Talks aimed at resolving the Southern Railway drivers' dispute will be held at the conciliation service Acas today as thousands of commuters remain stranded for another day.
The move followed informal discussions on Tuesday on the first day of a 48-hour walkout by members of Aslef, which halted all the company's services.
The strike is still set to go ahead, as well as another 24-hour stoppage planned on Friday, in a long running row over driver-only trains.
Transport Secretary Chris Grayling refused to rule out taking action to prevent future stoppages like the one which brought all Southern Railway services to a halt.
Aslef, the Rail, Maritime and Transport union and Southern had been coming under increasing pressure to settle bitter disputes over driver-only trains and changes to the role of guards.
Some of Southern's 300,000 passengers told of the nightmare they have faced for months because of disruption to services.
Normally-busy railway stations have been deserted as passengers worked from home, took the day off or attempted to drive.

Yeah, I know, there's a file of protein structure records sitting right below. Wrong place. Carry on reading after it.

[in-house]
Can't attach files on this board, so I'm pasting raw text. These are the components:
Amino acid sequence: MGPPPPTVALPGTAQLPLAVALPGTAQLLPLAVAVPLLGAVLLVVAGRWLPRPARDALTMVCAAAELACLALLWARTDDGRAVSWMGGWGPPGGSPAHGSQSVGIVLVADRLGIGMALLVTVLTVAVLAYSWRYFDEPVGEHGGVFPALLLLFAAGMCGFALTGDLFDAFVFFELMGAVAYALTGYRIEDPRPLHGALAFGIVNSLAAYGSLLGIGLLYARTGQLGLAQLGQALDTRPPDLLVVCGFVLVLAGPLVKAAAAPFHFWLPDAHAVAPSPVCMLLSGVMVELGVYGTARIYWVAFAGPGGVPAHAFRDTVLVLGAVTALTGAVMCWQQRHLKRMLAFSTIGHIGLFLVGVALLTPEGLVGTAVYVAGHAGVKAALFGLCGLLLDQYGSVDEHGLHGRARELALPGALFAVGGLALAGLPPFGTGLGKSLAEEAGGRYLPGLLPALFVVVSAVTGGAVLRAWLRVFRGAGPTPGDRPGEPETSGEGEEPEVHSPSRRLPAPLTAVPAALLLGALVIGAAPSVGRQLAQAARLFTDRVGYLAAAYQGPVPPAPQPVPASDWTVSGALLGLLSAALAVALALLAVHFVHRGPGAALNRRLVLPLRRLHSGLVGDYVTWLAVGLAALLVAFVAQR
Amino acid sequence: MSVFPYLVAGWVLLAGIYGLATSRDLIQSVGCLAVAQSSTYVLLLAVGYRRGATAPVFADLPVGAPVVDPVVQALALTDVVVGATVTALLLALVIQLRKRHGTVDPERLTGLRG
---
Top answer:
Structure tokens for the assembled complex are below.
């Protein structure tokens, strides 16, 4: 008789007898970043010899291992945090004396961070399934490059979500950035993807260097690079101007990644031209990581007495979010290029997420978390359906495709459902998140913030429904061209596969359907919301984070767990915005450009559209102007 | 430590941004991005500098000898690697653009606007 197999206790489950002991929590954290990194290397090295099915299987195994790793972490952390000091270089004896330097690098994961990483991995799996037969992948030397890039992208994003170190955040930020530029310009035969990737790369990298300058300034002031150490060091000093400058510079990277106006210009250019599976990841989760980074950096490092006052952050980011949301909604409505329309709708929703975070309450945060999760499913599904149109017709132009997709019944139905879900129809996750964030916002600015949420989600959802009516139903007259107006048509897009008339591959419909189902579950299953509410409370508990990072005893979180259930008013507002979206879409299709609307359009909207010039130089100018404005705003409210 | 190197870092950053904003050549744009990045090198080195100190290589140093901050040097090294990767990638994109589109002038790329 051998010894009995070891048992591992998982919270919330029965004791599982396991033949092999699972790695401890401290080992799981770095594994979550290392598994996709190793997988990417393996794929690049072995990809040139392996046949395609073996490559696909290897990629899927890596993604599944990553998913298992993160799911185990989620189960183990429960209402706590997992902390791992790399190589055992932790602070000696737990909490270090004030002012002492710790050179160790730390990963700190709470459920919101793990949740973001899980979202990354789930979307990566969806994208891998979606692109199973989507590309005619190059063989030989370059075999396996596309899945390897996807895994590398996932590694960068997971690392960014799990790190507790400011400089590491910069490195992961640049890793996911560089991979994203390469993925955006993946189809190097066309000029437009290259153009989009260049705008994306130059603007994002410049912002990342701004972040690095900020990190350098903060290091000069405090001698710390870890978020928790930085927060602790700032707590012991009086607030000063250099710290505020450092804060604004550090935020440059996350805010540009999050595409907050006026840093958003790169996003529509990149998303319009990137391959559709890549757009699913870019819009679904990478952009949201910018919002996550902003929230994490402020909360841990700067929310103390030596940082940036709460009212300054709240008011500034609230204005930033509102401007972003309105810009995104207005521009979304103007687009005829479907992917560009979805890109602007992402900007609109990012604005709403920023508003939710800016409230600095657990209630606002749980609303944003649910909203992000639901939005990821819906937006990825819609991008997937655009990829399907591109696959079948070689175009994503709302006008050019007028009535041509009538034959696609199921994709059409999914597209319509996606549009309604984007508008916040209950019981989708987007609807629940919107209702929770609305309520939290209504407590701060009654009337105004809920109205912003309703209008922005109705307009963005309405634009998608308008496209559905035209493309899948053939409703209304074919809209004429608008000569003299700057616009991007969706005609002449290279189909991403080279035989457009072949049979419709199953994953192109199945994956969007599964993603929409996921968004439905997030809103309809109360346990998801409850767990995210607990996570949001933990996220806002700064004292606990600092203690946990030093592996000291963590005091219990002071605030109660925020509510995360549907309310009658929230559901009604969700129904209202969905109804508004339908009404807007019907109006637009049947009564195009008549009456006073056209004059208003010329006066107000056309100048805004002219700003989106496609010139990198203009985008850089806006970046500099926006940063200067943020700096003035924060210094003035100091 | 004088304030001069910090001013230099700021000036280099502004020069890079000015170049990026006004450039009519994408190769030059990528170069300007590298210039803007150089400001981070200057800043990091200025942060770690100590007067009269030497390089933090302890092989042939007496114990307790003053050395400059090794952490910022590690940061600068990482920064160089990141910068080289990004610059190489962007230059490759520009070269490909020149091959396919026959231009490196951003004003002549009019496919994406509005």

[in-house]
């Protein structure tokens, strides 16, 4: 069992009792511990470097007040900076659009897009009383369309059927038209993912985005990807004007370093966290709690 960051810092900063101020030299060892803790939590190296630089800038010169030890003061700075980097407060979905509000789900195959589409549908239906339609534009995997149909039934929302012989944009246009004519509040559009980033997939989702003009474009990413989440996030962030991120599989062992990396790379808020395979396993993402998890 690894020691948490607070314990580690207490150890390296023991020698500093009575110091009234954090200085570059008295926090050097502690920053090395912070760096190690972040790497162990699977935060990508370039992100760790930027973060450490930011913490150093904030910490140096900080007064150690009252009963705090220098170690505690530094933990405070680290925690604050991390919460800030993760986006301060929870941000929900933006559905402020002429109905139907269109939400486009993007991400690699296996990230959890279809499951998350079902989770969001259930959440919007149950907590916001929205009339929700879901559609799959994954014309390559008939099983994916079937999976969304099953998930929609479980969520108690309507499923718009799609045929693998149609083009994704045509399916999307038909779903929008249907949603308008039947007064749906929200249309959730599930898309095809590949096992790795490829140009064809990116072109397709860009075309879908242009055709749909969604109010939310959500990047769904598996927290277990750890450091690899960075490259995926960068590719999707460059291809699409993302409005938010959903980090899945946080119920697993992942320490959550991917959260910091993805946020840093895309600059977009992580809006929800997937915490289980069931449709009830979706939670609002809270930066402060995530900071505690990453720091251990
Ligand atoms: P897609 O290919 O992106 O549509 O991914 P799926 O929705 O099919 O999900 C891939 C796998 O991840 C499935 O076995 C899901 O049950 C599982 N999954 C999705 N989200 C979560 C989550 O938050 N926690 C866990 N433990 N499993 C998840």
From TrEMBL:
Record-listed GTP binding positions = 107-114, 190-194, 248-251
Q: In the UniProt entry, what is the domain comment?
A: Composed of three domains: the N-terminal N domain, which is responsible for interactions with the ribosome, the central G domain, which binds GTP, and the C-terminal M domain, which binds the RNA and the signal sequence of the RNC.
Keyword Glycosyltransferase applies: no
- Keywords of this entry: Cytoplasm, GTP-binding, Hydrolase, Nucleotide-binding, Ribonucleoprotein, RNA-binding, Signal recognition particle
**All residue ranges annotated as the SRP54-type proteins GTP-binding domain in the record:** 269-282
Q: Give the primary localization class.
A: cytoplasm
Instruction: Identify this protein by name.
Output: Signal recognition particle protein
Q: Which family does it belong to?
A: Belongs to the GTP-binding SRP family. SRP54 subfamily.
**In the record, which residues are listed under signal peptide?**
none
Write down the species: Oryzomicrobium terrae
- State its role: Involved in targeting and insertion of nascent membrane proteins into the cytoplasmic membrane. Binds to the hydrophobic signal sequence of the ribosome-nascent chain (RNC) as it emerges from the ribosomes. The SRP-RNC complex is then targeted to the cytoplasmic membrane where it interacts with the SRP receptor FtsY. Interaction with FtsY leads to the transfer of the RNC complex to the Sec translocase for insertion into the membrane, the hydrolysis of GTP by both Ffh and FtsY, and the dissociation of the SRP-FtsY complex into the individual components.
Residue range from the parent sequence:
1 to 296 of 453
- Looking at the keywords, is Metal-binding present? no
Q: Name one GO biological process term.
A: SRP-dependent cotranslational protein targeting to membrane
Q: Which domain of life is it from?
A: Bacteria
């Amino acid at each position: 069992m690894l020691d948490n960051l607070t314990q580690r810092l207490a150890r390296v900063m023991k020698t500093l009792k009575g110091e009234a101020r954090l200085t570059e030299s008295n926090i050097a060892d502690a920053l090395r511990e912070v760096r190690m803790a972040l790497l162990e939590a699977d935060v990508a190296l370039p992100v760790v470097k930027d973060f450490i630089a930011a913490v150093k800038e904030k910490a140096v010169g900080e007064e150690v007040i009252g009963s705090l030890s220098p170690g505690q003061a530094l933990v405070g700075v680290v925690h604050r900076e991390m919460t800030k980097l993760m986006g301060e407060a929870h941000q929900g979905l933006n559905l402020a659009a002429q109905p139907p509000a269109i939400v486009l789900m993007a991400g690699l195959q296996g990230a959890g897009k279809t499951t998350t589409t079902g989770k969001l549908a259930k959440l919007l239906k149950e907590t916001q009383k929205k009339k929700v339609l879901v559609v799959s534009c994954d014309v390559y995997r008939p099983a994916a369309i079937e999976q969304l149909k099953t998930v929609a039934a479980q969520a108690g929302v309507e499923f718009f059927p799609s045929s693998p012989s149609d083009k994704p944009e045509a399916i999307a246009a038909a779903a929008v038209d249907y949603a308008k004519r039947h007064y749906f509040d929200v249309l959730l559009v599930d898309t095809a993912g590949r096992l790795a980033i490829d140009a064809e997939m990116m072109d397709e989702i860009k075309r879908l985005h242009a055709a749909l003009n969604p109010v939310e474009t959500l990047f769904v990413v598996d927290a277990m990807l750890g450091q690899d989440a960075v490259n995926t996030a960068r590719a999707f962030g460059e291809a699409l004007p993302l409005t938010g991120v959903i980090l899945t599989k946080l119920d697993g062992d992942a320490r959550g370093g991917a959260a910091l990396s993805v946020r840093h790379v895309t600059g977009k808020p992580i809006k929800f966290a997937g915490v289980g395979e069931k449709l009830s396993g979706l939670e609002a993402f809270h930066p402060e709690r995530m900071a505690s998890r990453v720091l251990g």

All of Southern's 2,242 weekday services were cancelled, causing the worst disruption for more than 20 years.
Commuters are planning a protest outside the Department for Transport on Thursday evening.
Mr Grayling continued to blame the unions for the months of disruption to Southern services and urged them to sit down with the company to resolve the long-running disputes.
But Aslef and the RMT attacked the Government, saying ministers had been preventing Southern from negotiating properly.
Charles Horton, chief executive of Southern's owners, Govia Thameslink Railway, said: "We reached out to Aslef as we said we would and now welcome the opportunity to discuss a way forward with them.
"The travelling public are suffering misery and inconvenience and the impact on the regional economy is significant.
"We assure everyone we are committed to trying to find a solution to the union's dispute."